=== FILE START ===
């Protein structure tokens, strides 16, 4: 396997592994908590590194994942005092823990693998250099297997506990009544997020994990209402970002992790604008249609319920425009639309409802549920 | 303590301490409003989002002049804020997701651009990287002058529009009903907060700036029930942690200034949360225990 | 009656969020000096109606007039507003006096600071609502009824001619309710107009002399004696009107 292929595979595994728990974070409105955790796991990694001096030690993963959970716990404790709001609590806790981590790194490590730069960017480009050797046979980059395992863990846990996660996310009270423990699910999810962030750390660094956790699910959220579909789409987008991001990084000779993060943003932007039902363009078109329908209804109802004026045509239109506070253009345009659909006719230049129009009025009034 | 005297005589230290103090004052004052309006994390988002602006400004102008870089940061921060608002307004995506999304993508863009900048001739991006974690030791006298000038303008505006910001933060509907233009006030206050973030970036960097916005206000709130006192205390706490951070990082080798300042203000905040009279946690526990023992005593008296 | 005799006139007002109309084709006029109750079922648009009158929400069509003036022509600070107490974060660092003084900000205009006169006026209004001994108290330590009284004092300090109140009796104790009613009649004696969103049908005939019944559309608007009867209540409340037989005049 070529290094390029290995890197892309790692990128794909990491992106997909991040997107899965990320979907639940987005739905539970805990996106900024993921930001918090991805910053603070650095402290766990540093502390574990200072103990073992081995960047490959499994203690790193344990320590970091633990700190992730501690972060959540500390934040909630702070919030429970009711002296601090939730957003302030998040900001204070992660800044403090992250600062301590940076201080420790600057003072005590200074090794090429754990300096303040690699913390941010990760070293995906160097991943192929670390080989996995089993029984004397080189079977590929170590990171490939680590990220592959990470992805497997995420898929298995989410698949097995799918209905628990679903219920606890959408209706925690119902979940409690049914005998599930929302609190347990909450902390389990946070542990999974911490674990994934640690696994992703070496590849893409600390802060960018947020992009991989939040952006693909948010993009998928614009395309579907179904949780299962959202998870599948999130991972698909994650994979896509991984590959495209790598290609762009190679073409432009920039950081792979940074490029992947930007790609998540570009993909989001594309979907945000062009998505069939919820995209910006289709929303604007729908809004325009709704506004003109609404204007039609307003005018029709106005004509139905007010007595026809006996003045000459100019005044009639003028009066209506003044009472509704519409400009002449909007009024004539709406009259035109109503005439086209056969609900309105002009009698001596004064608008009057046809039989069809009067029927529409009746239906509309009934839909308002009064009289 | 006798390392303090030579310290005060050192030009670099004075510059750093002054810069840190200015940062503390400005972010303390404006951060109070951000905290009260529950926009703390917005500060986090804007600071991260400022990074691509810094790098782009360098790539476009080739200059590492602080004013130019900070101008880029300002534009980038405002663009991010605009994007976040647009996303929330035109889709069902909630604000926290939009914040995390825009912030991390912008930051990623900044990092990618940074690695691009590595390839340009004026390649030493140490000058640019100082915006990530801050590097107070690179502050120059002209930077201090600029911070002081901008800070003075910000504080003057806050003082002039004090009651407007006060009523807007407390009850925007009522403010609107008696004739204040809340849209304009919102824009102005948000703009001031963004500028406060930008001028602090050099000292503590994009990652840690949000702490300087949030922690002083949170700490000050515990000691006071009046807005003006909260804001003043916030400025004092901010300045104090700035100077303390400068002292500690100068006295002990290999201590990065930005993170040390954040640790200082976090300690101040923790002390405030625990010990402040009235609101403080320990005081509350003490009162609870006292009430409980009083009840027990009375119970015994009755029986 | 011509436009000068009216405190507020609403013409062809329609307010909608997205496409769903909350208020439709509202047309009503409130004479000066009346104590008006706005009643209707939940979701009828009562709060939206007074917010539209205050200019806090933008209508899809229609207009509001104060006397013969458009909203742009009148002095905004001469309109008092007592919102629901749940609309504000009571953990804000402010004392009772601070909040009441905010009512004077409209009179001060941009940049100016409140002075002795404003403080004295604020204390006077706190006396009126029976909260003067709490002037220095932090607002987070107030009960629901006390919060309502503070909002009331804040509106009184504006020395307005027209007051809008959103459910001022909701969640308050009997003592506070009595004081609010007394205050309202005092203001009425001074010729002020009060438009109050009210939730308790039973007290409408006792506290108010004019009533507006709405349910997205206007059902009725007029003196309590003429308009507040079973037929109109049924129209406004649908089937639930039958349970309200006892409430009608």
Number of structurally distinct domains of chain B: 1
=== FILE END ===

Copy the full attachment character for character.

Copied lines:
């Protein structure tokens, strides 16, 4: 396997592994908590590194994942005092823990693998250099297997506990009544997020994990209402970002992790604008249609319920425009639309409802549920 | 303590301490409003989002002049804020997701651009990287002058529009009903907060700036029930942690200034949360225990 | 009656969020000096109606007039507003006096600071609502009824001619309710107009002399004696009107 292929595979595994728990974070409105955790796991990694001096030690993963959970716990404790709001609590806790981590790194490590730069960017480009050797046979980059395992863990846990996660996310009270423990699910999810962030750390660094956790699910959220579909789409987008991001990084000779993060943003932007039902363009078109329908209804109802004026045509239109506070253009345009659909006719230049129009009025009034 | 005297005589230290103090004052004052309006994390988002602006400004102008870089940061921060608002307004995506999304993508863009900048001739991006974690030791006298000038303008505006910001933060509907233009006030206050973030970036960097916005206000709130006192205390706490951070990082080798300042203000905040009279946690526990023992005593008296 | 005799006139007002109309084709006029109750079922648009009158929400069509003036022509600070107490974060660092003084900000205009006169006026209004001994108290330590009284004092300090109140009796104790009613009649004696969103049908005939019944559309608007009867209540409340037989005049 070529290094390029290995890197892309790692990128794909990491992106997909991040997107899965990320979907639940987005739905539970805990996106900024993921930001918090991805910053603070650095402290766990540093502390574990200072103990073992081995960047490959499994203690790193344990320590970091633990700190992730501690972060959540500390934040909630702070919030429970009711002296601090939730957003302030998040900001204070992660800044403090992250600062301590940076201080420790600057003072005590200074090794090429754990300096303040690699913390941010990760070293995906160097991943192929670390080989996995089993029984004397080189079977590929170590990171490939680590990220592959990470992805497997995420898929298995989410698949097995799918209905628990679903219920606890959408209706925690119902979940409690049914005998599930929302609190347990909450902390389990946070542990999974911490674990994934640690696994992703070496590849893409600390802060960018947020992009991989939040952006693909948010993009998928614009395309579907179904949780299962959202998870599948999130991972698909994650994979896509991984590959495209790598290609762009190679073409432009920039950081792979940074490029992947930007790609998540570009993909989001594309979907945000062009998505069939919820995209910006289709929303604007729908809004325009709704506004003109609404204007039609307003005018029709106005004509139905007010007595026809006996003045000459100019005044009639003028009066209506003044009472509704519409400009002449909007009024004539709406009259035109109503005439086209056969609900309105002009009698001596004064608008009057046809039989069809009067029927529409009746239906509309009934839909308002009064009289 | 006798390392303090030579310290005060050192030009670099004075510059750093002054810069840190200015940062503390400005972010303390404006951060109070951000905290009260529950926009703390917005500060986090804007600071991260400022990074691509810094790098782009360098790539476009080739200059590492602080004013130019900070101008880029300002534009980038405002663009991010605009994007976040647009996303929330035109889709069902909630604000926290939009914040995390825009912030991390912008930051990623900044990092990618940074690695691009590595390839340009004026390649030493140490000058640019100082915006990530801050590097107070690179502050120059002209930077201090600029911070002081901008800070003075910000504080003057806050003082002039004090009651407007006060009523807007407390009850925007009522403010609107008696004739204040809340849209304009919102824009102005948000703009001031963004500028406060930008001028602090050099000292503590994009990652840690949000702490300087949030922690002083949170700490000050515990000691006071009046807005003006909260804001003043916030400025004092901010300045104090700035100077303390400068002292500690100068006295002990290999201590990065930005993170040390954040640790200082976090300690101040923790002390405030625990010990402040009235609101403080320990005081509350003490009162609870006292009430409980009083009840027990009375119970015994009755029986 | 011509436009000068009216405190507020609403013409062809329609307010909608997205496409769903909350208020439709509202047309009503409130004479000066009346104590008006706005009643209707939940979701009828009562709060939206007074917010539209205050200019806090933008209508899809229609207009509001104060006397013969458009909203742009009148002095905004001469309109008092007592919102629901749940609309504000009571953990804000402010004392009772601070909040009441905010009512004077409209009179001060941009940049100016409140002075002795404003403080004295604020204390006077706190006396009126029976909260003067709490002037220095932090607002987070107030009960629901006390919060309502503070909002009331804040509106009184504006020395307005027209007051809008959103459910001022909701969640308050009997003592506070009595004081609010007394205050309202005092203001009425001074010729002020009060438009109050009210939730308790039973007290409408006792506290108010004019009533507006709405349910997205206007059902009725007029003196309590003429308009507040079973037929109109049924129209406004649908089937639930039958349970309200006892409430009608």
Number of structurally distinct domains of chain B: 1